I found this talk by Prof. Mertzinger to be fascinating:
Post by toskaliku8711 on Sept 6, 2011 13:12:49 GMT -5
It makes sense to say Christian God. The Christian God of the Gospels is not the vengeful, angry and provincial god of Jewish scripture (which has made a comeback in American evangelism). They are very different beings and products of evolution and admixture with Platonic and Neo-Platonic values. It makes sense to distinguish between the gods, even if they derive from the same source.
Post by toskaliku8711 on Sept 6, 2011 14:12:38 GMT -5
Harry Potter is mostly shaped on the traditional myth stories. Look up Hero With a Thousand Faces by Campbell. It is the typical hero myth stories. Boy is born fated to be king, is exiled from the kingdom and then returns to eventually redeem himself and liberate his people. It has been there from Moses to Cyrus the Great, Pyrrhus or Epirus and Alexander the Great, Jesus, Mohammed and even Scanderbeg. Its a perennial tale, also called the "monomyth": en.wikipedia.org/wiki/Monomyth
Btw, I've never read the Potter stuff so I am basing it on what you just said.
This is an interesting discussion. Let's hope Canaris doesn't ban us. TSH, I have a vague recollection of our interaction
Now, I'm not so much into theology, but Melty, I'm not sure I understand when you say that "The Christian God of the Gospels is not the vengeful, angry and provincial god of Jewish scripture". I agree, but what does that go against what I said? I don't think you need to specify that you speak of the Christian God and not the Christian God of the Gospels because no one would use them interchangeably.
I'm even more surprised when you say that most of the Nietzsche followers (Nietzscheans) are nihilistic and cynical when the whole concept of Nietzsche's philosophy is to refute that stand; and I don't think anyone that would hold those qualities would call himself Nietzschean. Also, if you look at the works of those who have been influenced by Nietzsche (positively), such as Camus and Satre, you'll see that they do not promote nihilism.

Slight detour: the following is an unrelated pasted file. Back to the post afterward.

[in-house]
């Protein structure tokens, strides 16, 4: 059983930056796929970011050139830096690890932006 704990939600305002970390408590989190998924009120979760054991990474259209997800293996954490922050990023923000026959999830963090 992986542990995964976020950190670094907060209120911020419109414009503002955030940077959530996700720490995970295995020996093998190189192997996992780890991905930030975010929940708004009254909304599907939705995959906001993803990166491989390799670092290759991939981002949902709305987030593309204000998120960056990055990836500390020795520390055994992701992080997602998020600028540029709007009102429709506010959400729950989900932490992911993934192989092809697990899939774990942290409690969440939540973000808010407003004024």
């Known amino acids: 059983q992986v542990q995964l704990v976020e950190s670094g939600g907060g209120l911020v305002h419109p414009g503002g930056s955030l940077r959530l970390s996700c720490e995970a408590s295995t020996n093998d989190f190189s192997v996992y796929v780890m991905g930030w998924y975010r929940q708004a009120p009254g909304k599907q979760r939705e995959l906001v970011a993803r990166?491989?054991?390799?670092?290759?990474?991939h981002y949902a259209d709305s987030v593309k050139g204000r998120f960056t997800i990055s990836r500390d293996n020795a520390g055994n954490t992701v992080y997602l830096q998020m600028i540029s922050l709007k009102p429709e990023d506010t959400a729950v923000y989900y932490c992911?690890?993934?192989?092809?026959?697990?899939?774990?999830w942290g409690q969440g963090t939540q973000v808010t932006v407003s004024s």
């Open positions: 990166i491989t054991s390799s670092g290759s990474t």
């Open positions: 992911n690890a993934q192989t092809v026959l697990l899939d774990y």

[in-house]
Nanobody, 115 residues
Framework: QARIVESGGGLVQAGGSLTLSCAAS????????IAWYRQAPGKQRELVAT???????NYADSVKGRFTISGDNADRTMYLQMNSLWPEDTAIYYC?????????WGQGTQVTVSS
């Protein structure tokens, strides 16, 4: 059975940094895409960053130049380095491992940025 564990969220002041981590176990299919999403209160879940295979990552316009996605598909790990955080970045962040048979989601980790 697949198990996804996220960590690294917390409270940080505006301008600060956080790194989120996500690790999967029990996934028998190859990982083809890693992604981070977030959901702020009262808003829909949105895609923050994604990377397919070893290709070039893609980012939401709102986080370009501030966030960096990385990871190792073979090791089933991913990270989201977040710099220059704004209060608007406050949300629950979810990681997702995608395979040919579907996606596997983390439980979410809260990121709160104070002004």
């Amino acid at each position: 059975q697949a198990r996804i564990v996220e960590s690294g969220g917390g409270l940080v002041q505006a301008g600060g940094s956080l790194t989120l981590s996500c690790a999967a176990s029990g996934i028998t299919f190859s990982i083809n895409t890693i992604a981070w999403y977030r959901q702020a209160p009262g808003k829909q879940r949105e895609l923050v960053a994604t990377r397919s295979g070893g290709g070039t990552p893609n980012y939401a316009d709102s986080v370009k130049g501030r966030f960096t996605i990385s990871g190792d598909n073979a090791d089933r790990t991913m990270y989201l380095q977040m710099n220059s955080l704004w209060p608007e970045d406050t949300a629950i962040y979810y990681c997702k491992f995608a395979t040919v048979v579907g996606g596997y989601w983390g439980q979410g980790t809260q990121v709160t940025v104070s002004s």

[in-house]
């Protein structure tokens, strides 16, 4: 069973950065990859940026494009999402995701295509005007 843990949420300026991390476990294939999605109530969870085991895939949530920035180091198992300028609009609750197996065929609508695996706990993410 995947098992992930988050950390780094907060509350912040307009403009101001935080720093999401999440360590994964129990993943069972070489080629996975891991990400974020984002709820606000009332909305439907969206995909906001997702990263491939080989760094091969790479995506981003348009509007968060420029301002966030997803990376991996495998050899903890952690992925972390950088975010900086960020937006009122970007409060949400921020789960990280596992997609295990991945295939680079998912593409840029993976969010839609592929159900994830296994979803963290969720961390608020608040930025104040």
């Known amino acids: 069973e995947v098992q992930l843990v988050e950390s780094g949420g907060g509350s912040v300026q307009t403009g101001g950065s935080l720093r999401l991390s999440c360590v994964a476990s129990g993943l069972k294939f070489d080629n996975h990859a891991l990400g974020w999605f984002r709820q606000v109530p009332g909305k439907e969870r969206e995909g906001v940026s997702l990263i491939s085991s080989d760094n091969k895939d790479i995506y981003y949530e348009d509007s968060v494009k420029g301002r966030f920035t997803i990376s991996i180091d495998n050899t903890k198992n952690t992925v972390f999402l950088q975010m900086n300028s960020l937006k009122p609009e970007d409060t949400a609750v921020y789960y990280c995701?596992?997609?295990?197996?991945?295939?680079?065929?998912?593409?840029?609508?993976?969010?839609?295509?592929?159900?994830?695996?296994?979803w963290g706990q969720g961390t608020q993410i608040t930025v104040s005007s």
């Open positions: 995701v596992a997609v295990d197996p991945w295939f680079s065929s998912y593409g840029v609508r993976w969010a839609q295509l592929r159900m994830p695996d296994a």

At times one may get the impression that a Nietzschean wants to spread the feeling of nihilism, but as I mentioned above, that would be counter to the philosophy of Nietzsche. I remember when I l was listening to Marilyn Manson (they're one of the reasons I started reading Nietzsche) in my younger age and they came across as nihilistic; but then I listened to what Brian Wagnes (the lead singer) had to say and understood that he was talking about the opposite of nihilism.
Melty, I'm glad you no longer are antitheistic. I tried to explain to you why that is silly, but you seemed unaffected by my argument. You seemed to think that I was missing out on something. I wasn't familiar with the term monomyth, either. Interest stuff... thanks!
Lastly, I think you guys have the wrong stand on religion. You keep thinking that monotheistic religions enslaved the individual and regressed society. Yet it was also these religions that allowed great thinkers to ask the right questions--questions that the great thinkers of the ancient age would not have asked because it was not within their reach. Although Plato's Academy was destroyed, monasticism would eventually find its way and lead us to Renaissance. All of this wouldn't have been possible without Aristotele's metaphysics. All of these errors were necessary and as Nietzsche adds in Human, All Too Human, without these errors, we wouldn't have enjoyed great art such as Da Vinci's or Dante's The Divine Comedy. So let's put things in their right context. The right-wing Christians in the USA is a seperate subject.
PS. Donnie = mediocre.
"It is never god to close horizons one would say."
Also, if you look at the works of those who have been influenced by Nietzsche (positively), such as Camus and Satre, you'll see that they do not promote nihilism.
Hmm... Camus work seem to be filled with Nihilism. Sartre's embarrassingly so. They may have tried to fight it, but they are filled with it.
What work do you think of? I read The Fall after BR recommended it to me and it was a very positive book. I can't say I'm a critic and I'm not too familiar with his works. I haven't read The Plague yet (I remember you saying you were going to read it). Was it any different from my experience? A quick google gives me this:
Camus, like the other existentialists, was convinced that nihilism was the most vexing problem of the twentieth century. Although he argues passionately that individuals could endure its corrosive effects, his most famous works betray the extraordinary difficulty he faced building a convincing case. In The Stranger (1942), for example, Meursault has rejected the existential suppositions on which the uninitiated and weak rely. Just moments before his execution for a gratuitous murder, he discovers that life alone is reason enough for living, a raison d’être, however, that in context seems scarcely convincing.
"A great civilization is not conquered from without until it has destroyed itself from within" - William Durant
This shouldn't be up for debate anymore, the evidence of this is everywhere yet ignored by the "harassed and bewildered men" (as he puts it). These bewildered people are the cause of our decontructionism, because they refuse to look beyond what they are taught, and keep the old-rusty wheels in motion.
Post by toskaliku8711 on Sept 6, 2011 17:50:32 GMT -5
Yet it was also these religions that allowed great thinkers to ask the right questions--questions that the great thinkers of the ancient age would not have asked because it was not within their reach.